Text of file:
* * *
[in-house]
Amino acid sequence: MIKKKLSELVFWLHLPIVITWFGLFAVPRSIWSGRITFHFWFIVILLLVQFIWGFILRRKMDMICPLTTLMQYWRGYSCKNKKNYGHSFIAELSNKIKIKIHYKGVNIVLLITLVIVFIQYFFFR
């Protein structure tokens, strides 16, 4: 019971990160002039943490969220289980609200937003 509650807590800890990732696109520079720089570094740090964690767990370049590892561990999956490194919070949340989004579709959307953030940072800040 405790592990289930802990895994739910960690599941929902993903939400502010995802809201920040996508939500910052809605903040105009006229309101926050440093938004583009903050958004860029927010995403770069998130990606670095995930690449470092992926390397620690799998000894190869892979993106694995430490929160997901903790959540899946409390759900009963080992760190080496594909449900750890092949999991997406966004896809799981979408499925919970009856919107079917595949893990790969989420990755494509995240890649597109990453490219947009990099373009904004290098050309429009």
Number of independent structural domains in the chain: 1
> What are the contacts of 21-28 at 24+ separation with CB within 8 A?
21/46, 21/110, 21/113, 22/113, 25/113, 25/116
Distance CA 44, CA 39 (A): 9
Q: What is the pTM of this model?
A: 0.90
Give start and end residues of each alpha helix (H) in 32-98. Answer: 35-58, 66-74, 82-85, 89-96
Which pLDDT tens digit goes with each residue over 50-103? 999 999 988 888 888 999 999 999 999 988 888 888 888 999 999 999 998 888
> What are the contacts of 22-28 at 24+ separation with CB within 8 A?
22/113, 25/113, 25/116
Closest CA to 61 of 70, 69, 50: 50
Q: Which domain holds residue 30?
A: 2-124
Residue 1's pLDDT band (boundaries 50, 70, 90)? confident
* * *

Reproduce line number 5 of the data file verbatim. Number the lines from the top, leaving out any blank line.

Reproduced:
> What are the contacts of 21-28 at 24+ separation with CB within 8 A?